This Stroke 101 Fact Sheet is from National Stroke Association.
Stroke is an emergency and a brain attack, cutting off vital blood flow and oxygen to the brain.
In the United States, stroke is the fourth leading cause of death, killing over 133,000 people each year, and a leading cause of serious, long-term adult disability.
There are an estimated 7,000,000 stroke survivors in the U.S. over age 20.
Approximately 795,000 strokes will occur this year, one occurring every 40
seconds, and taking a life approximately every four minutes.
Stroke can happen to anyone at any time, regardless of race, sex or age.
From 1998 to 2008, the annual stroke death rate fell approximately 35
percent, and the actual number of deaths fell by 19 percent.
Approximately 55,000 more women than men have a stroke each year.
African Americans have almost twice the risk of first-ever stroke compared
Types of Stroke:
Ischemic stroke occurs when arteries are blocked by blood clots or by the gradual build-up of plaque and other fatty deposits. About 87 percent of all strokes are ischemic.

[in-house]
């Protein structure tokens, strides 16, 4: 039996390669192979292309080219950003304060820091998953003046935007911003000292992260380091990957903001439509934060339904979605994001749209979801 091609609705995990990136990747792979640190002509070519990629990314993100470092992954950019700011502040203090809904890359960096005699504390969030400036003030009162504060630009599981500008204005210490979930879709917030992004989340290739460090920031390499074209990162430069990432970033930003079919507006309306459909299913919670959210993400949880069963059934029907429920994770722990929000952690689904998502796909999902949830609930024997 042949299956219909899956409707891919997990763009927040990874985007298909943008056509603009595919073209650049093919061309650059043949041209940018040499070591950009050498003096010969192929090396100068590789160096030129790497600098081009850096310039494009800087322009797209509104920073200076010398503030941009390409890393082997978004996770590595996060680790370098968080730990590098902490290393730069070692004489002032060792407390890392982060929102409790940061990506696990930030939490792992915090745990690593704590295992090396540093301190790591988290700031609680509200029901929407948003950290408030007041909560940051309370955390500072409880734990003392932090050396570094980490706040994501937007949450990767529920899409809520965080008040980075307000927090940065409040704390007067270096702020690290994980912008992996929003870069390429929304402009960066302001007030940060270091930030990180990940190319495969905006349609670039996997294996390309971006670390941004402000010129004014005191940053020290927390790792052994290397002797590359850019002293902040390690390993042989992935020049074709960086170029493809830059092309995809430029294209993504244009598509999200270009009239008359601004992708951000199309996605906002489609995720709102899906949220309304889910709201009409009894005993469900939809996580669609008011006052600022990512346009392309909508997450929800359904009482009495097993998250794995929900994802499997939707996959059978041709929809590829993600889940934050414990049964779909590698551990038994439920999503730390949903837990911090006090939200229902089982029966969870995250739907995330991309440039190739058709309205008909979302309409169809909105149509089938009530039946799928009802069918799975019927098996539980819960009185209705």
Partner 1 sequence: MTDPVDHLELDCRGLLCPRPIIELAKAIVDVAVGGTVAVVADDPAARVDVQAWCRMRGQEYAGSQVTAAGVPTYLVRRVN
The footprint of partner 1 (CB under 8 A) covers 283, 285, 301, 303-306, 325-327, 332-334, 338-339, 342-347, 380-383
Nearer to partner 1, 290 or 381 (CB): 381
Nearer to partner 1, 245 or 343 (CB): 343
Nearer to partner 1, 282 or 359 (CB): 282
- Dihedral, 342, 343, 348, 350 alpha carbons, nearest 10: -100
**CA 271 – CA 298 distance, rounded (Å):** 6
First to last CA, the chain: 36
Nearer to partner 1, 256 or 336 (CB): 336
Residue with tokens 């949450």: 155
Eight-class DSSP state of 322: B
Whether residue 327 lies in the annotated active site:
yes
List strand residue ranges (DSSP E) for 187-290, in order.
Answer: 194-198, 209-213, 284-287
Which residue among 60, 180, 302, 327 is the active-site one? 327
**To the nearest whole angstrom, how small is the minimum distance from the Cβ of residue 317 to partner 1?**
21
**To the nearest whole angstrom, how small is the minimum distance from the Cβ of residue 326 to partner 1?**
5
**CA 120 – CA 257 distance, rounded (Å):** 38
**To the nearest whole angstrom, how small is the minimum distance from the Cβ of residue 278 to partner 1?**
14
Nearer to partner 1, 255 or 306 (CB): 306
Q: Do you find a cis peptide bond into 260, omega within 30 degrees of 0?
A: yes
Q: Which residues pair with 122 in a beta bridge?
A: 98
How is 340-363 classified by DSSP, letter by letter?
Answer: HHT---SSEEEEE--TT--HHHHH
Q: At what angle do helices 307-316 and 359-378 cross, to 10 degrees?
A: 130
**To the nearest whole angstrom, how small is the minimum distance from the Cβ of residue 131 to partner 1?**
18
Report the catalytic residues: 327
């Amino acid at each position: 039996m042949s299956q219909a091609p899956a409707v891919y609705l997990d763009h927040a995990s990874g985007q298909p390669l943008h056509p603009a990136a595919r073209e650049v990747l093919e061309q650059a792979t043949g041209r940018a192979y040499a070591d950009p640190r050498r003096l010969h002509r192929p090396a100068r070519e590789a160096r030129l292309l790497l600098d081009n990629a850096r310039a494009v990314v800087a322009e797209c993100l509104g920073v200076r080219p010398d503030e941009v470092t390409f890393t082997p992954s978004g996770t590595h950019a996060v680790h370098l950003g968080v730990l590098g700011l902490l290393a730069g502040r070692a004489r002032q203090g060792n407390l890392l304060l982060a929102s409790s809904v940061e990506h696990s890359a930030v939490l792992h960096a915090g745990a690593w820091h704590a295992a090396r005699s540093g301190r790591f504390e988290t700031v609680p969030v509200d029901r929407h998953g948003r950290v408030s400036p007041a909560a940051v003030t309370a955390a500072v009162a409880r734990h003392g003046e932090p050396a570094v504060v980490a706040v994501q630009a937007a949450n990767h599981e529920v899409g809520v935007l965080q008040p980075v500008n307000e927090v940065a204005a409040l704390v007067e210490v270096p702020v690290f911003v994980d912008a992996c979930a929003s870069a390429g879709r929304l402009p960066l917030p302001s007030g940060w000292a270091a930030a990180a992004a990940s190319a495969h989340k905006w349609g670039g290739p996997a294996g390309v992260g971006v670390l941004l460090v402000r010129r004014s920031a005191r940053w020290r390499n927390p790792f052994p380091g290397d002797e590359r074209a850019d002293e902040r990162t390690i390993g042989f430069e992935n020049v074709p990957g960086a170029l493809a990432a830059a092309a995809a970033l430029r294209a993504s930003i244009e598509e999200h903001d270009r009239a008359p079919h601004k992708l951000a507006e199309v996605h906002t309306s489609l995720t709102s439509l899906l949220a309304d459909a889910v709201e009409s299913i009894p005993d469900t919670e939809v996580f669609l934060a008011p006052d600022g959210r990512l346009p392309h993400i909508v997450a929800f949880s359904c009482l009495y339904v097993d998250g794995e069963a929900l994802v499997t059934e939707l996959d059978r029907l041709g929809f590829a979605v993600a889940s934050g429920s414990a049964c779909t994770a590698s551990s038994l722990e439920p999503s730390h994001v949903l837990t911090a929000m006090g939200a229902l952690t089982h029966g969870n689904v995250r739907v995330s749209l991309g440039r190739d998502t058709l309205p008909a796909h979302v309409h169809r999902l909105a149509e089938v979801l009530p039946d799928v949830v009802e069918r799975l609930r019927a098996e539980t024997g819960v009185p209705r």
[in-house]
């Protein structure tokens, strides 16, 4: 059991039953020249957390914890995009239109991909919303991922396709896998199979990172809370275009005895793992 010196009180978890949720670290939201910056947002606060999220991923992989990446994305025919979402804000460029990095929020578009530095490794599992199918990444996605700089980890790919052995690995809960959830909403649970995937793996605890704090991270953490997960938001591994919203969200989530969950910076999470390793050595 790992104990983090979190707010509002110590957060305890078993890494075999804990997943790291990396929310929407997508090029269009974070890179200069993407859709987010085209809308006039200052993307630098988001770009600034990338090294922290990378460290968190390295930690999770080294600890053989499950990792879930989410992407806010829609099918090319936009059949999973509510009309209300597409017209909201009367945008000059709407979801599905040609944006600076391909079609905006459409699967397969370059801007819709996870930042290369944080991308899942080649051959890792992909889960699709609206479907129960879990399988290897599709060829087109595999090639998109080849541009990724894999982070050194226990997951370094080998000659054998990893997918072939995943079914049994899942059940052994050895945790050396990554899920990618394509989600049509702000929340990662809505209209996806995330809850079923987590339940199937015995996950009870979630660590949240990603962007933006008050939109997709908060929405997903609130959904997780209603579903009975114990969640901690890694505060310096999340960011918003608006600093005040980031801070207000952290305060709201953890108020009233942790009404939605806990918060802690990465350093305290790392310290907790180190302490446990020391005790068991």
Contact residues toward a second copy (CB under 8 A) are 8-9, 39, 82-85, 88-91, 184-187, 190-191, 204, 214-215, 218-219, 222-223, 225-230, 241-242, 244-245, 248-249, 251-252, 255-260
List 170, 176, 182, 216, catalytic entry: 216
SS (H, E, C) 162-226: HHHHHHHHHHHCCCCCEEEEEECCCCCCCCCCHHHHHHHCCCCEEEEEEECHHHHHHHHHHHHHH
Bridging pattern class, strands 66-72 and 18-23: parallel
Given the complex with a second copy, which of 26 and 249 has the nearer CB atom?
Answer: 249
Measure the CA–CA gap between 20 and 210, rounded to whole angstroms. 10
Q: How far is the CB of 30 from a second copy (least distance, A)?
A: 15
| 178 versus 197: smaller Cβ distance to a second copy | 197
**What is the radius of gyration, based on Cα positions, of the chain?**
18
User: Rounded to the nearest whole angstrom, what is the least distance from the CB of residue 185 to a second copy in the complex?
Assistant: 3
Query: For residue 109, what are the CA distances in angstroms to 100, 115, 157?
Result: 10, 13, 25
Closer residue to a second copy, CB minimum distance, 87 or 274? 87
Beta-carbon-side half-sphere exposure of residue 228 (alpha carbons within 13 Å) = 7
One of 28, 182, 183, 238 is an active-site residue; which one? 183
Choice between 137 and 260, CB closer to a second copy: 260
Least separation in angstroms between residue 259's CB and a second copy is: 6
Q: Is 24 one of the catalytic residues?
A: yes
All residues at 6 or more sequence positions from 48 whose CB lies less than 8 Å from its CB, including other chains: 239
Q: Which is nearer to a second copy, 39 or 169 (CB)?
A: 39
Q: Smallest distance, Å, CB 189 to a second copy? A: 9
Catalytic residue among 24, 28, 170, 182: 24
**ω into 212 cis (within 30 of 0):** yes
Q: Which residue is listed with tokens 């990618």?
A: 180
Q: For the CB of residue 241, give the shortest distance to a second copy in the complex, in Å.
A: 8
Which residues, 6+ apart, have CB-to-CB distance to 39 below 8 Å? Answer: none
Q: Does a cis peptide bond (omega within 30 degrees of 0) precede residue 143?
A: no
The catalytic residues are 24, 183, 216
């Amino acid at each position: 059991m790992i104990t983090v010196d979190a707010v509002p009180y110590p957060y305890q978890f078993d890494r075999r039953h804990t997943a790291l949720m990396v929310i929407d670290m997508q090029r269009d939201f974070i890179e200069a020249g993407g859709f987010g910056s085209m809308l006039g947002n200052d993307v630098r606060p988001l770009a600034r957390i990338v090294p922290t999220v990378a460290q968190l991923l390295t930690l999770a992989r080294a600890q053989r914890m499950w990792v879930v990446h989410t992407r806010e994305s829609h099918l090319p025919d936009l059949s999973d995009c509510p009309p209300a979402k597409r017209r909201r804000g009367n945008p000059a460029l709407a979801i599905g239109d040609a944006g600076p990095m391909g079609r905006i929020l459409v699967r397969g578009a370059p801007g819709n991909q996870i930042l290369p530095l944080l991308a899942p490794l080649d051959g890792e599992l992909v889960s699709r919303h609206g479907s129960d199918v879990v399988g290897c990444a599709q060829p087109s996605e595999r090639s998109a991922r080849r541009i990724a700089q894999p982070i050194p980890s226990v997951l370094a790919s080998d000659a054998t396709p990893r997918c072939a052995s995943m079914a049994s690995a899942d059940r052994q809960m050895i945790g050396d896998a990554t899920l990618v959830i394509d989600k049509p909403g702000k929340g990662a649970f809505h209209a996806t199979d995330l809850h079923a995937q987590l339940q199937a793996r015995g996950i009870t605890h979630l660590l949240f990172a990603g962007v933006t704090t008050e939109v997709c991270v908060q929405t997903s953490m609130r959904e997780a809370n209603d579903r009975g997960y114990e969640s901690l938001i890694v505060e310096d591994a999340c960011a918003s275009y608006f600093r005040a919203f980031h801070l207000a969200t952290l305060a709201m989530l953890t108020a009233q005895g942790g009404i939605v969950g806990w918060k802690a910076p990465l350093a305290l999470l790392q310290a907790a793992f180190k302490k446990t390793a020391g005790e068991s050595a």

Hemorrhagic stroke occurs when a blood vessel in the brain breaks leaking blood into the brain. Hemorrhagic strokes account for thirteen percent of all strokes, yet are responsible for more than thirty percent of all stroke deaths.
Two million brain cells die every minute during stroke, increasing risk of permanent brain damage, disability or death. Recognizing symptoms and acting FAST to get medical attention can save a life and limit disabilities.
The prevalence of transient ischemic attacks (TIA – “mini strokes”) increases with age. Up to 40 percent of all people who suffer a TIA will go on to experience a stroke.
Women are twice as likely to die from stroke than breast cancer annually.
The estimated direct and indirect cost of stroke in the United States in 2010 is
Click here for original article: Stroke 101